Surprise! Apple Pay has some fraud, too

Posted by Ian Kar on January 6, 2015

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As experts in payments know, there's a weakness in any transaction -- and it looks like there's one in Apple Pay as well. Cunning fraudsters have figured out that you can add a stolen credit or debit card to Apple Pay with minimal interference from the financial institutions.

To be fair, it's not really on Apple's side and the issue seems to be a short-term one. However, the fact that Apple Pay is suffering from fraud just goes to show that every payment scheme has some faults, and merchants need to be aware of them. 

Security expert Cherian Abraham wrote in a blog post yesterday that he's been hearing that Apple Pay has some fraud. In one (unnamed) issuer's case, as much as 600 basis points, or 6%!

Abraham wrote that card issuers were "required" to build a "Yellow Path" for adding cards onto Apple Pay, one that features some additional form of verification from the bank. However, the experience has been vastly different for customers depending on what card issuer they had. I had been hearing the same thing around the release of Apple Pay (someone singled out an issuer in particular, saying their provisioning process was poor).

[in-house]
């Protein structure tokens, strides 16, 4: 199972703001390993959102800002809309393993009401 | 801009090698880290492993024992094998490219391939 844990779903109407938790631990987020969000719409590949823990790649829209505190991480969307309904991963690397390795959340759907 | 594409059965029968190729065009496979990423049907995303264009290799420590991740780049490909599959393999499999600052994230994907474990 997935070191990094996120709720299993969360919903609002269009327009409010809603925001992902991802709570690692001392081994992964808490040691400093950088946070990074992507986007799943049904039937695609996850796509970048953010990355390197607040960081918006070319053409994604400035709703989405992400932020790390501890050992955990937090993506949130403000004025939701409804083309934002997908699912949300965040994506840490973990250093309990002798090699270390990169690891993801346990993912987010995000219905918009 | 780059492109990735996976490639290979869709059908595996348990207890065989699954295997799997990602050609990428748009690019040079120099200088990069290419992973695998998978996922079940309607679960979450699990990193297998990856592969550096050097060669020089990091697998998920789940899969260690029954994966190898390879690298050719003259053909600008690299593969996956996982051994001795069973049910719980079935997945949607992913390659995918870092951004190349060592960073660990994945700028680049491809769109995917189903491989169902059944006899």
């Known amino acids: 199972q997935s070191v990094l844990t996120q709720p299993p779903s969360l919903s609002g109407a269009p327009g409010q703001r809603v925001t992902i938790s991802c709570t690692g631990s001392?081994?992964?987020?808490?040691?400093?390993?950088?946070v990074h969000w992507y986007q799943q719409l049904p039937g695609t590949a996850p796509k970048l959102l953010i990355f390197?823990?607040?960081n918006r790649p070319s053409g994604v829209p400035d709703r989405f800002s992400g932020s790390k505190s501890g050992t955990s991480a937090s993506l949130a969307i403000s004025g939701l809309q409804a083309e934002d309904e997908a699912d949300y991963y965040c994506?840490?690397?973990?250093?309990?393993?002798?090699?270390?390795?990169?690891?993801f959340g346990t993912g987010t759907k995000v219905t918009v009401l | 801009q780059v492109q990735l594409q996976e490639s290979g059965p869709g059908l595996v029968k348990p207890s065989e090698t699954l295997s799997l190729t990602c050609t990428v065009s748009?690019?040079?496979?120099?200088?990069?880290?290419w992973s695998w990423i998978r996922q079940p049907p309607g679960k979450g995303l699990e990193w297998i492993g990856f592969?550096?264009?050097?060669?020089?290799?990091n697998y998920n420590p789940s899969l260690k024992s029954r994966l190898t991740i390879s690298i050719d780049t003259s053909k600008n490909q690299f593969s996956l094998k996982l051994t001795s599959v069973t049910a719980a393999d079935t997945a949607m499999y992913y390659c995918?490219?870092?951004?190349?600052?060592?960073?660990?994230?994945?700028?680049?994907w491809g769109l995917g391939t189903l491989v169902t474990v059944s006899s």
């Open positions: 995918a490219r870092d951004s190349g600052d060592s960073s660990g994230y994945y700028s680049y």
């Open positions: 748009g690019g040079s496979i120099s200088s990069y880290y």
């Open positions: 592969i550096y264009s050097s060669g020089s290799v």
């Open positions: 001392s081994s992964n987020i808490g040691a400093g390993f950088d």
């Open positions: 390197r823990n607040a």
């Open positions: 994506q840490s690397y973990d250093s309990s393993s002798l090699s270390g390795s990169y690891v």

Some issuers authenticated new users through the mobile app, while others opted for a call center verification... or skipped the process altogether. Obviously, making a phone call and talking to an actual human is a lot of work, comparatively, so that process has been panned by users on Twitter and in the press. A mobile app verification is easily more secure than the alternatives. 

While provisioning has been an issue, fraud is most likely occurring because of provisioning problems and stolen identities. Finding personal identifying information for many of these fraudsters is a lot easier, since much of it is available publicly. And, since Apple asks users to add a card to Apple Pay during the setup process when starting up a new iPhone 6/6+, there might not be a corresponding mobile app for the issuer on the device yet -- making it even easier to commit fraud.

This is just another reason networks and issuers won't be quick to get rid of card-not-present rates, no matter how much retailers pressure them.

Even though the technology behind Apple Pay -- NFC, tokenization, TouchID -- seems to be working well, fraud is still possible by attacking a non-Apple-controlled point, the provisioning process. 

 

Topics: fraud, Apple Pay, banking